TCM & Acupuncture ~An Ancient Therapy For Modern Ailments



The Traditional Eastern Theory:

Acupuncture is an Ancient Traditional Therapy that originated in China close to 3,000 years ago. It is a system of medicine based on the use of tongue & pulse diagnosis, acupuncture point selection, and the use of fine, sterile, single use needle insertion.  

The philosophy of traditional acupuncture is that disease is caused by an interruption in the flow chi or energy along the meridian pathways. Acupuncture acts by removing these obstructions through the mobilization and regulation in the flow of “chi” that courses along the meridians and nourishes the corresponding organs to which they relate. This free flow of “chi” initiates the body’s innate healing responses and harmonizes the balance between the Yin & Yang forces within.

Acupuncture is a safe and effective natural therapy. It is used to heal illness, prevent disease and improve well-being. It can be used to manage pain, reduce stress and high blood pressure and balance organ systems to restore proper endocrine and hormonal balance.

There are twelve major meridians or energy channels running along the length of the human body. Illness and imbalance is caused by obstructed energy flow anywhere along these meridian pathways. These pathways can be blocked by scar tissue, injuries, illness, mental-emotional or physical stressors or disease processes. 

The Science Behind Acupuncture



The Science Behind Acupuncture

~Understanding Acupuncture from an Evidence-Based Perspective

How does traditional acupuncture translate into our modern medical understanding?

Scientific research and clinical trials have begun to reveal the physiological changes brought about by acupuncture treatments. This research is ongoing and is finally beginning to shed new light on a traditional treatment. It is demonstrating that the use of acupuncture initiates real neuro-physiological & neuro-endocrine mechanisms of actions in terms of its therapeutic responses.

There are many theories and various mechanisms of action through which acupuncture can exert it's therapeutic effects.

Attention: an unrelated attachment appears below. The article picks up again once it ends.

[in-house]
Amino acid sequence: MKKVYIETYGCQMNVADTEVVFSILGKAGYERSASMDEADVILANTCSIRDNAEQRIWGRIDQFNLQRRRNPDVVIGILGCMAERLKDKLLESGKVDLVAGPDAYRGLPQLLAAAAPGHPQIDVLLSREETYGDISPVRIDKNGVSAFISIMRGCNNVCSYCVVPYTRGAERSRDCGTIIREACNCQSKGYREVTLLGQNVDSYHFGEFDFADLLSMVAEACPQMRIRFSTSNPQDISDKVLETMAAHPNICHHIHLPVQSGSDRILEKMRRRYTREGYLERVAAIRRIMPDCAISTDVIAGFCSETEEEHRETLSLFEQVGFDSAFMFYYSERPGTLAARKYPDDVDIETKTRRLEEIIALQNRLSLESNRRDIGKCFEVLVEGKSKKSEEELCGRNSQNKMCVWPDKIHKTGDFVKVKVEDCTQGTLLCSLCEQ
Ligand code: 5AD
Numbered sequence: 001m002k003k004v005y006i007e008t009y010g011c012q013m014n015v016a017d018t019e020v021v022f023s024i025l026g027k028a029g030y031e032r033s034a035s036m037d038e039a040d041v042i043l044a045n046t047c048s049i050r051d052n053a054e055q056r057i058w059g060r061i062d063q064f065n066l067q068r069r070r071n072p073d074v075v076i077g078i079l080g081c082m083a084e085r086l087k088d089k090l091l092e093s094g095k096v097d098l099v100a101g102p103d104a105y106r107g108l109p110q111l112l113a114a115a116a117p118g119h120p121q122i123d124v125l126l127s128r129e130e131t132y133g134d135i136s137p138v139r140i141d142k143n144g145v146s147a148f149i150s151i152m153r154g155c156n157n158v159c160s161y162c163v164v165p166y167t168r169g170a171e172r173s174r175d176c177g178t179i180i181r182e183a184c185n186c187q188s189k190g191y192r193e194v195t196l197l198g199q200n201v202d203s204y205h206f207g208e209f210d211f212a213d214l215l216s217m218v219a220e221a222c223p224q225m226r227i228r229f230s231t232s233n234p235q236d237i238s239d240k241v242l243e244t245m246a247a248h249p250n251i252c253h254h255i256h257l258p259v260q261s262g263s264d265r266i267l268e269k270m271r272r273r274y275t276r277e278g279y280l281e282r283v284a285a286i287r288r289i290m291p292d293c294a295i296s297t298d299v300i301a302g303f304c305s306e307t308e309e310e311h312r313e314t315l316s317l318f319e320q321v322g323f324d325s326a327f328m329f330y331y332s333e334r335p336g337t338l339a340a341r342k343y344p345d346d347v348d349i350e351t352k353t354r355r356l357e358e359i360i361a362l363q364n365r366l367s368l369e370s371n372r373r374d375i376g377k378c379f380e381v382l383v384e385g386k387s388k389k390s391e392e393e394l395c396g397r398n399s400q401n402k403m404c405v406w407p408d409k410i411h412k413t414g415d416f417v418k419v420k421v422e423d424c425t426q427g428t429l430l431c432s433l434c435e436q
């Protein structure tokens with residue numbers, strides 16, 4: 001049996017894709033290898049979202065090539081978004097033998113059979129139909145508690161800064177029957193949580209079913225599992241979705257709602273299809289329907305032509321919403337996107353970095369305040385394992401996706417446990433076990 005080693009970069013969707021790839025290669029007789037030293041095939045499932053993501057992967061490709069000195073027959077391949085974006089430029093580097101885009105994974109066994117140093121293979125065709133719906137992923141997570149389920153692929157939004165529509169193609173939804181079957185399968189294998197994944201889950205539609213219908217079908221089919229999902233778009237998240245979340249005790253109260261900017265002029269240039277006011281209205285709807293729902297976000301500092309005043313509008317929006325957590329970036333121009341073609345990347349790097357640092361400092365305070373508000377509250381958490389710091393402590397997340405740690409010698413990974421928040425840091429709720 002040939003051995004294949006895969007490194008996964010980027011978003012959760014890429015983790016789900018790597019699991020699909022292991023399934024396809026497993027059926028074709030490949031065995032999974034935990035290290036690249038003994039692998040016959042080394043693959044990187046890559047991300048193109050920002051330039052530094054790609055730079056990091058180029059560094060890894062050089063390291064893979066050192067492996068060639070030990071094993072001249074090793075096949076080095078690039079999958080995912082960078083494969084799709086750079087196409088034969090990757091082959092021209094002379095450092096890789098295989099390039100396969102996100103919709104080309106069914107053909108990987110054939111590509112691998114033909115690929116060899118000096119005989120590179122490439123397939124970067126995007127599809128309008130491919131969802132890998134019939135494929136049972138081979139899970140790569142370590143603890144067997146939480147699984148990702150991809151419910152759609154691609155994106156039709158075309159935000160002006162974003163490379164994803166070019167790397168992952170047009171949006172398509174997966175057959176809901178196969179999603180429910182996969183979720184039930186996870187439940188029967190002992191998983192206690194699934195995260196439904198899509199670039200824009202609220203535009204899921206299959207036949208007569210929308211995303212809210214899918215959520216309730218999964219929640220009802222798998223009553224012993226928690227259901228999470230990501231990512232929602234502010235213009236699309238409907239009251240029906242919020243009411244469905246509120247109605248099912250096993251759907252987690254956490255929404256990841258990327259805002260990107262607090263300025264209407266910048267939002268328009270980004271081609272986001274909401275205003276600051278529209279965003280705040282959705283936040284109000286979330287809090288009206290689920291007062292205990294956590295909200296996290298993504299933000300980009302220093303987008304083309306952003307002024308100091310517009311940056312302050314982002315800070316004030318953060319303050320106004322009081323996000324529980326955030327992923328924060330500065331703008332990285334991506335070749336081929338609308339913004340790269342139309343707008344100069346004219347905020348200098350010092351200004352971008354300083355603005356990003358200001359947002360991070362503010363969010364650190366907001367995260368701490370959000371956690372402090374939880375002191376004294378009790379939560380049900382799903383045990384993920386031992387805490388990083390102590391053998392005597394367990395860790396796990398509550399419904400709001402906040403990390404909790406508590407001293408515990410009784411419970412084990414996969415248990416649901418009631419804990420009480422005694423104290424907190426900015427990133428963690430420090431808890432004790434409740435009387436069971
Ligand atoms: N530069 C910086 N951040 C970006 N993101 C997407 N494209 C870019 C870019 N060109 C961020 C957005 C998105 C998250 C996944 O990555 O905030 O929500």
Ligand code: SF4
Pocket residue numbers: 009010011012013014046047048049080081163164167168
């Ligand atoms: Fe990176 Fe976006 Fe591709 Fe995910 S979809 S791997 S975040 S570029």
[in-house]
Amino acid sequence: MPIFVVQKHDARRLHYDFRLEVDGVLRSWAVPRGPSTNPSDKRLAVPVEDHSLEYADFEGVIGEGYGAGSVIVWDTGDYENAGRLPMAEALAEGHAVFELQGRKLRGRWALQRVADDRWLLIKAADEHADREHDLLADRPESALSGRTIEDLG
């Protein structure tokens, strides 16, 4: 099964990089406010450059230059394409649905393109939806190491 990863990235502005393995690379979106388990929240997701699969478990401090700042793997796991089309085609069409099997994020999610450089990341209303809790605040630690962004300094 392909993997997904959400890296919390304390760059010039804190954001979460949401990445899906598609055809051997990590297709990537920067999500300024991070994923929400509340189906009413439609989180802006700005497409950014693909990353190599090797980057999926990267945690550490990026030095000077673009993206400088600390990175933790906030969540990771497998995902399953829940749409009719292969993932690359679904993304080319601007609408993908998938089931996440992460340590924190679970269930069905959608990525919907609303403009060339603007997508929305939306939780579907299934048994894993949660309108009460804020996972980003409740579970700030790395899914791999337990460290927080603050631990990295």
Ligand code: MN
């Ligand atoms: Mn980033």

The Endorphin Theory:     

Evidence indicates that acupuncture stimulates the release of neuro-chemicals such as endorphins. The release of endorphins function to relieve pain and stimulates a subsequent cascade of neurotransmitters which instigate a deep state of relaxation and regulates serotonin levels to help balance mood. Endorphins also play a role in balancing the endocrine (hormonal) systems in both men and women.

The Gate Theory: 

The Gate Theory proposes that acupuncture stimulates the peripheral nerves which sequentially modulate neurological gates and channels to specific nerve fibers in the central nervous system to effectively alter the transmission of pain impulses and modulates disease. 

DNIC Theory (Diffuse Noxious Inhibitory Control):

One of the pain modulating theories is that acupuncture supports an opioidergic mechanism. Studies have demonstrated that acupuncture activates the release of opioids that act as natural analgesics for pain relief. Acupuncture increases circulation and therefore improves nutrient influx and exchange to the nerves, muscles and surrounding tissues. This helps to remove inflammatory cytokines, decrease muscle hypertonicity (muscle pain, spasms & tension) and increases joint mobility and range of motion for faster recovery times.

Immune System: 

Research and clinical trials are also lending credence to the fact that acupuncture strengthens the immune system and significantly improves a variety of diseases with its innumerable therapeutic applications. 

Acupuncture strengthens the immune system by increasing T-cell counts, balancing the function of the spleen and is useful in treating conditions such as allergies and chronic fatigue syndrome. 

Acupuncture alters the neuro-chemical balance of the brain by modifying the production and release of neurotransmitters and neuro-hormones. 

Acupuncture has been documented to regulate blood pressure and is safe to use alongside medications and other natural therapies.

Acupuncture mobilizes blocked energy and re-establishes the regular flow of chi through the meridians aiding the body's internal organs to correct imbalances. 

This improvement in energy flow and biochemical balance results in stimulating the body's natural healing abilities, promoting stress relief, relaxation and an enhancement of physical and emotional well-being.